Then what should be done about Pyongyang’s threats?
Kim Jong-Un succeeded his father Kim Jong-Il in December 2011, and continues to demonstrate that the apple does not fall far from the tree. Thus far, the newly installed leader continues to stick to the same playbook that his father used, a routine of threatening South Korea and the US then pulling back only to hope to extort greater concessions from the international community.
Direct military action on North Korea is out of the question, because of North Korea’s nuclear arsenal and the possibility that the South Korean capital could be under the threat of its brutal artillery barrage; if North Korea isn’t bluffing, one of the largest standing armies on the other side of the Demilitarized Zone and tens of thousands of US troops could be eviscerated by a preemptive nuclear attack by the North.
The international community cannot stand idly by as the absence of action virtually assures that North Korean misbehavior will continue. The country’s belligerence is in response to increased international sanctions put forth to punish it for violating countless UN resolutions. By removing sanctions or easing them, it would in effect send the message that North Korean behavior was condoned and serve as a substantial propaganda victory for Kim Jong-Un.
To say the international community is stuck between a rock and a possibly nuclear-armed hermit kingdom is an understatement. With no realistic military options available and the pressure of international sanctions falling on the deaf ears of North Korean leaders, China carries the burden of responsibility and is the power behind the petulant black sheep as North Korea’s longest and most important alley. It provides the North with its economic lifeblood and the vast majority of its energy needs. In turn, China remains the state actor with the greatest capacity to reign in Pyongyang, though it is quickly diminishing.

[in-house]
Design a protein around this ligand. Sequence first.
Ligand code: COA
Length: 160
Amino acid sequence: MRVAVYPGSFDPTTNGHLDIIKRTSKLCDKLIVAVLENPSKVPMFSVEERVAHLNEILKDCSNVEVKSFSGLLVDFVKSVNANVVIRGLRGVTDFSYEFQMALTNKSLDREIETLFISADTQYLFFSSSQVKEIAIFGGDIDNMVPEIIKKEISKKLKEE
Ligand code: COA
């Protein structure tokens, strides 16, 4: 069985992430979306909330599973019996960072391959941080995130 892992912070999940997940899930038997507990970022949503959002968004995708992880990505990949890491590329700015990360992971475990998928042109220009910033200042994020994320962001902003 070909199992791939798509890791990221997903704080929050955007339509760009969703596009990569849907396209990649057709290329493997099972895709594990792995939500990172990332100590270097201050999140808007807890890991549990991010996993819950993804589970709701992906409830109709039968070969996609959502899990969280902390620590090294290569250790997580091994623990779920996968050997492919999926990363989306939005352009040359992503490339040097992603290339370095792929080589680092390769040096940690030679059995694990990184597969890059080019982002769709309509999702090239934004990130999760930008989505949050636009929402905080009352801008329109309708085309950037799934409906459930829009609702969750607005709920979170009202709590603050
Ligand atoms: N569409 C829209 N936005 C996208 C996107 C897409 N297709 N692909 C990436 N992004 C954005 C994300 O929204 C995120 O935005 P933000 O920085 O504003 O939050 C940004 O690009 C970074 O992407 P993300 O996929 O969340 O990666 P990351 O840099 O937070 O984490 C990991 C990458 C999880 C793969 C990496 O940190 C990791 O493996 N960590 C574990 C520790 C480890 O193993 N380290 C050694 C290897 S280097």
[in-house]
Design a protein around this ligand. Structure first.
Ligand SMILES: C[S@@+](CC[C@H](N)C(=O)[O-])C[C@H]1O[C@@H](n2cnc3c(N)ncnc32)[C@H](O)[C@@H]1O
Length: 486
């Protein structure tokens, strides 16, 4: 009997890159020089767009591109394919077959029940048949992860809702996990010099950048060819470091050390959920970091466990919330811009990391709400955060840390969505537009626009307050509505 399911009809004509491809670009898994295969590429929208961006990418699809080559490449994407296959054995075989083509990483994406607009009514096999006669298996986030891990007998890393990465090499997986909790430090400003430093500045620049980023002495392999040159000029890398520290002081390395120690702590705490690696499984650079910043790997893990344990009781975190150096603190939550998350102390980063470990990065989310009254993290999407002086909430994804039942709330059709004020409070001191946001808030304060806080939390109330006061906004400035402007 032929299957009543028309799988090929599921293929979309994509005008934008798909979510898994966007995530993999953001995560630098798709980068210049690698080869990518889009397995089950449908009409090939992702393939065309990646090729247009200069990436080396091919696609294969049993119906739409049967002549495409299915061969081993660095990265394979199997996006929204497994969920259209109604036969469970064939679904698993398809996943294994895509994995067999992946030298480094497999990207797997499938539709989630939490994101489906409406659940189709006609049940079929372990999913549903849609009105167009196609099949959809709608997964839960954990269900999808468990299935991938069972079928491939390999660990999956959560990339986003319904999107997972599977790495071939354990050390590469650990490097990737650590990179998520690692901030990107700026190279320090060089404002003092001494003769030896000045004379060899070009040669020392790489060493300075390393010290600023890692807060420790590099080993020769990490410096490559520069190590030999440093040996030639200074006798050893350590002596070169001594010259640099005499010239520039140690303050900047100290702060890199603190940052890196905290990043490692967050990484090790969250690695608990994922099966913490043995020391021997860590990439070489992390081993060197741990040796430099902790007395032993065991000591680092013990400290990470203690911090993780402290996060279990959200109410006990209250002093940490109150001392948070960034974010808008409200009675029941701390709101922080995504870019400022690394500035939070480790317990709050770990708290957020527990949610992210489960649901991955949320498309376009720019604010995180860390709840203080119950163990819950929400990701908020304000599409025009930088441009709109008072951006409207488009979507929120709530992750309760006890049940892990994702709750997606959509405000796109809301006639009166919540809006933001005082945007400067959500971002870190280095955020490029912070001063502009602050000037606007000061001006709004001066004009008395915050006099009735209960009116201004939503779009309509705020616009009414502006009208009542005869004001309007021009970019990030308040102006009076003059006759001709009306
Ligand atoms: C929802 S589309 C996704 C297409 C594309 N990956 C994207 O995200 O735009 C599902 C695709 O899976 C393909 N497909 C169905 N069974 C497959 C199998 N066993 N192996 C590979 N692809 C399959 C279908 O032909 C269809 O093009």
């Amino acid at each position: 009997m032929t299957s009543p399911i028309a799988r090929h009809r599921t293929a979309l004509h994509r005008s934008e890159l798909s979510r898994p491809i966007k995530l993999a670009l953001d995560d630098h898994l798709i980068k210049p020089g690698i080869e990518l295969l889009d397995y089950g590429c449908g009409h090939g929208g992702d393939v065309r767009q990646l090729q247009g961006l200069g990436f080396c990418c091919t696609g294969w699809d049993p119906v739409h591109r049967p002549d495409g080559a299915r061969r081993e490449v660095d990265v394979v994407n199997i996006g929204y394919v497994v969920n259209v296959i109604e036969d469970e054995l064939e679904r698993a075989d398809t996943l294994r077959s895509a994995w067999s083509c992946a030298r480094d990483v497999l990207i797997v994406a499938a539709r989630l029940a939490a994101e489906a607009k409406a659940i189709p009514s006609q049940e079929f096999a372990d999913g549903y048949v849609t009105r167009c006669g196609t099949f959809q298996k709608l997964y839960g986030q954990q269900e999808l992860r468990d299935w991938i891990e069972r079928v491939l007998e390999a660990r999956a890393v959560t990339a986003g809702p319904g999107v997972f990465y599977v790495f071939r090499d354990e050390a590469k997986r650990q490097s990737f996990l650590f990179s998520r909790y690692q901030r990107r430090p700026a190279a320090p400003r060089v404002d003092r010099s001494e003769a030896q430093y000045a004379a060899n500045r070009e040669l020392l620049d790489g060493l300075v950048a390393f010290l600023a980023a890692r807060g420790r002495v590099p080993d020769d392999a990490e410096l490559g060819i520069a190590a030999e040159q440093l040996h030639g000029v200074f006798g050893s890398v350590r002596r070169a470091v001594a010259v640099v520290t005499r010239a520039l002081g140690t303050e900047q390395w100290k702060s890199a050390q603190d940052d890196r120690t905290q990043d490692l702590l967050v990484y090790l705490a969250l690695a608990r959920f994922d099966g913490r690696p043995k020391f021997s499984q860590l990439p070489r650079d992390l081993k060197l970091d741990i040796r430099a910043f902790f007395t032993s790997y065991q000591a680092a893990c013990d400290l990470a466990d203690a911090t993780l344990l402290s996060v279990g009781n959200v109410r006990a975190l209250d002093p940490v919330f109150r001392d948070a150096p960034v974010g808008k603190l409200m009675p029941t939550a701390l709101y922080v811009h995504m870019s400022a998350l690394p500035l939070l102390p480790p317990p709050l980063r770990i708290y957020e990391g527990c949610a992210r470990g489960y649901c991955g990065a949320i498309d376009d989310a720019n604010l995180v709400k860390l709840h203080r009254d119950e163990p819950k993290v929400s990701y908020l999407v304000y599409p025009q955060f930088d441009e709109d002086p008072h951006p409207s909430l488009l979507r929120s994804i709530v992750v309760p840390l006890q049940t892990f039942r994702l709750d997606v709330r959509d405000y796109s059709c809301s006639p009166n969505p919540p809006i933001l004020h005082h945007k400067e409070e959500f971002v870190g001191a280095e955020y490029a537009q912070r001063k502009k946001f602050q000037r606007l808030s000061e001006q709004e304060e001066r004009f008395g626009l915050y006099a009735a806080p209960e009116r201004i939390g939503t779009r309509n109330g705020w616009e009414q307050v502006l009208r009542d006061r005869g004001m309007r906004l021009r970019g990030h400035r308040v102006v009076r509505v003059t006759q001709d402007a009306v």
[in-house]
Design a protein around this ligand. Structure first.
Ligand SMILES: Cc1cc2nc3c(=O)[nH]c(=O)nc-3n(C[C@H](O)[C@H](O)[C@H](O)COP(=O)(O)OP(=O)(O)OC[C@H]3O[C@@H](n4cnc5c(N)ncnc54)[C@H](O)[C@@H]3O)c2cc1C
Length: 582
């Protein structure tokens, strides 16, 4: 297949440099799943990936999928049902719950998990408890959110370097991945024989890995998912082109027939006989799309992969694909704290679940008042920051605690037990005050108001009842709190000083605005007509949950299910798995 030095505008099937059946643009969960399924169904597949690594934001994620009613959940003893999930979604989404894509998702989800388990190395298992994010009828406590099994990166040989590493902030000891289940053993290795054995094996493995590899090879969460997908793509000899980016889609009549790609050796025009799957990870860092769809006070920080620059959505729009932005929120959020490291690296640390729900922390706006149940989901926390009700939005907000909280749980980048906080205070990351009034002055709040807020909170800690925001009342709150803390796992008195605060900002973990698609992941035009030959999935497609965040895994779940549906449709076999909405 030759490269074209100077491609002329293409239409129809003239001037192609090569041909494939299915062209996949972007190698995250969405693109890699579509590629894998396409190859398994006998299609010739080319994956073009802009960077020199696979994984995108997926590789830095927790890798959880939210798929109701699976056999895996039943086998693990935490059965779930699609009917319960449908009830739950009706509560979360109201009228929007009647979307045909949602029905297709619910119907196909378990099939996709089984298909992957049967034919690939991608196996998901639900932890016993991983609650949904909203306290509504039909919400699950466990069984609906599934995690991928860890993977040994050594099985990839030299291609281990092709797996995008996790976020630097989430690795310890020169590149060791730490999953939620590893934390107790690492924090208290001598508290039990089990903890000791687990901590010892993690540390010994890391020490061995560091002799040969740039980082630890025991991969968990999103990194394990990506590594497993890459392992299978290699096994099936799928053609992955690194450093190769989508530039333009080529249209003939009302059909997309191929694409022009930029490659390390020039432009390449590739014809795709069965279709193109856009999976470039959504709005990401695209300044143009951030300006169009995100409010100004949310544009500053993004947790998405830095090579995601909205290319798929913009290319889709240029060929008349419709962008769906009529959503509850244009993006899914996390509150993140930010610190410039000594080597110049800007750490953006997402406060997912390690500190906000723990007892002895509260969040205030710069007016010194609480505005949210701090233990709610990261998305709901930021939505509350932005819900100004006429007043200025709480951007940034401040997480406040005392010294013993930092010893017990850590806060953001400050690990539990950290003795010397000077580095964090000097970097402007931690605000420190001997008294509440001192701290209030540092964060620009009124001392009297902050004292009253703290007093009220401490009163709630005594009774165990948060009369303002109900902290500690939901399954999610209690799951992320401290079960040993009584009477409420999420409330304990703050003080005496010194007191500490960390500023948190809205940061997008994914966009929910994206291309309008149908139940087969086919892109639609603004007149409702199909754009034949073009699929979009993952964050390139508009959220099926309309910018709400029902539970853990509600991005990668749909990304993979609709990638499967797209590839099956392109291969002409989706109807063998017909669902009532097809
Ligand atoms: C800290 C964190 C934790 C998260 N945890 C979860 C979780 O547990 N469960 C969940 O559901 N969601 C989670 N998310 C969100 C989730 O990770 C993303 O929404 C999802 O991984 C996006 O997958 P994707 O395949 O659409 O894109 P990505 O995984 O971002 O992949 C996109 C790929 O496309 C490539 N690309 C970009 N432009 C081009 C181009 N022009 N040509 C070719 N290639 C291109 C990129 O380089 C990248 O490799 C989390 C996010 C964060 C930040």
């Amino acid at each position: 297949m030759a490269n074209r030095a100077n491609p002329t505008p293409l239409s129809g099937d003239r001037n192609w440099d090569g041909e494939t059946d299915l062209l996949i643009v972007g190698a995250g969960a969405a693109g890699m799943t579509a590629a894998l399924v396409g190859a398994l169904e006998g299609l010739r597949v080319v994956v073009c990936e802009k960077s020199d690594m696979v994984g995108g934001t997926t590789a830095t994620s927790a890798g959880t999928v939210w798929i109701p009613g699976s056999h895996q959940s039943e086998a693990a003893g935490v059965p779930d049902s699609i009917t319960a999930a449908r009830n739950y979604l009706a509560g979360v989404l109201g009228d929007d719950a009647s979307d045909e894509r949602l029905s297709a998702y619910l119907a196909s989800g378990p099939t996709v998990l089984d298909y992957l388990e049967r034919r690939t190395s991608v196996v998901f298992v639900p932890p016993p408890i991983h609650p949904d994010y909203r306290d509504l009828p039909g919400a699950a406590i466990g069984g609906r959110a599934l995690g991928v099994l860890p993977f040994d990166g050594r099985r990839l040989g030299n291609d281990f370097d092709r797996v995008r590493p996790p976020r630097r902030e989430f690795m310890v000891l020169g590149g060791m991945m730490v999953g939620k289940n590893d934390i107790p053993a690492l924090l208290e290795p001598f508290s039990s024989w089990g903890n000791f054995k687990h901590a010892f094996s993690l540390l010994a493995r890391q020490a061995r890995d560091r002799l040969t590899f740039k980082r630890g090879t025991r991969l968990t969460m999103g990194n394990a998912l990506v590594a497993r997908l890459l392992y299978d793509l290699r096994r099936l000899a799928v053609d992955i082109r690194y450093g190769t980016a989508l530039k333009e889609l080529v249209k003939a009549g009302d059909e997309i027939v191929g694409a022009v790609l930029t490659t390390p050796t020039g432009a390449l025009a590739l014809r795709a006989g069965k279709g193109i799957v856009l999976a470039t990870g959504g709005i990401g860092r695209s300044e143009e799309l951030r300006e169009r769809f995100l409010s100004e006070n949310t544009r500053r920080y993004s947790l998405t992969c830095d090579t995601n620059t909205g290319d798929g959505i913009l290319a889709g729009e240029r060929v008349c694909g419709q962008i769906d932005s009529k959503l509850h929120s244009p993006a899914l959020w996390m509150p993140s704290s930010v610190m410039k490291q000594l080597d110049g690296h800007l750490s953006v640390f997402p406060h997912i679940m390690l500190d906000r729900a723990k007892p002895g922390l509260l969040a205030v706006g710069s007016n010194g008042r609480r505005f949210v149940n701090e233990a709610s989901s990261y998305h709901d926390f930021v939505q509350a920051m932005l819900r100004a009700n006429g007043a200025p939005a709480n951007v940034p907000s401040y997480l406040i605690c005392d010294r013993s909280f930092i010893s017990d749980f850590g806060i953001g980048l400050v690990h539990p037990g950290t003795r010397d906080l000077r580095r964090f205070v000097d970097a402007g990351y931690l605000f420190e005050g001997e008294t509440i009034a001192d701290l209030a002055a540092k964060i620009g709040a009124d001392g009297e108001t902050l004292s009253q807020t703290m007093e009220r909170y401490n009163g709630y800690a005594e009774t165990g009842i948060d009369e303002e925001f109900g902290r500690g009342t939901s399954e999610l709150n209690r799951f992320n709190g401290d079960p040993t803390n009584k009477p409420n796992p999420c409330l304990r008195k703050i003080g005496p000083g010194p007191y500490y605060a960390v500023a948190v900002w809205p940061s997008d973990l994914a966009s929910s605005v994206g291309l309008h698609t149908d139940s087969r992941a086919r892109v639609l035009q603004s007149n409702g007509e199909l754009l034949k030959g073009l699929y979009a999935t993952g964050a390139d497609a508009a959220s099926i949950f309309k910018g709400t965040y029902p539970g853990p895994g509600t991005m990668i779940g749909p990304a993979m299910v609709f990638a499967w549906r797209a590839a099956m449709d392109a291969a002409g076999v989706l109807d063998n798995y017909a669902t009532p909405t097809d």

China has its own objectives and national interests at stake that serve to create a delicate push-and-pull relationship with North Korea. Specifically, China fears the eventual and sudden collapse of North Korea. A flood of refugees and loss of nuclear weapons in the event of a leadership implosion would have a profound impact on Chinese interests. Consequently, China does not want to impose stringent sanctions or apply enough force that it risks such an internal collapse, but it does not want to be subject to criticism from the international community either.
At the same time, however, China realizes that North Korean belligerence and instability on the Korean Peninsula could force the South Koreans to pursue nuclear deterrence themselves. While this would be a dramatic escalation and could bring the North and the South to the very precipice of war, it is a real possibility if South Korea has no other alternative.
Full nuclearization of the Korean Peninsula is a dangerous prospect for all, and China knows this. But there are other more subtle pressures arising as a result of North Korea’s actions. Specifically, China is greatly concerned by America’s missile defense system and views North Korean actions as being used as justification for Washington to continue build up its missile defense capabilities. As a consequence of this, China sees its own nuclear deterrence as being undermined by North Korean actions.
In the end, the international community feels largely incapable of reeling in North Korea, and the Chinese remain the closest thing to a parental figure that can deescalate tensions in the region. The West and its allies will remain largely impotent in their ability to thwart North Korean actions unless hostilities flare up. In the interim, and since North Korea remains a dependent client state of China, Beijing remains the power behind Pyongyang’s survival and the most effective means to ensuring events on the Korean Peninsula do not spiral out of control.
By Timothy W. Coleman and John Lyman
For more, please visit International Policy Digest.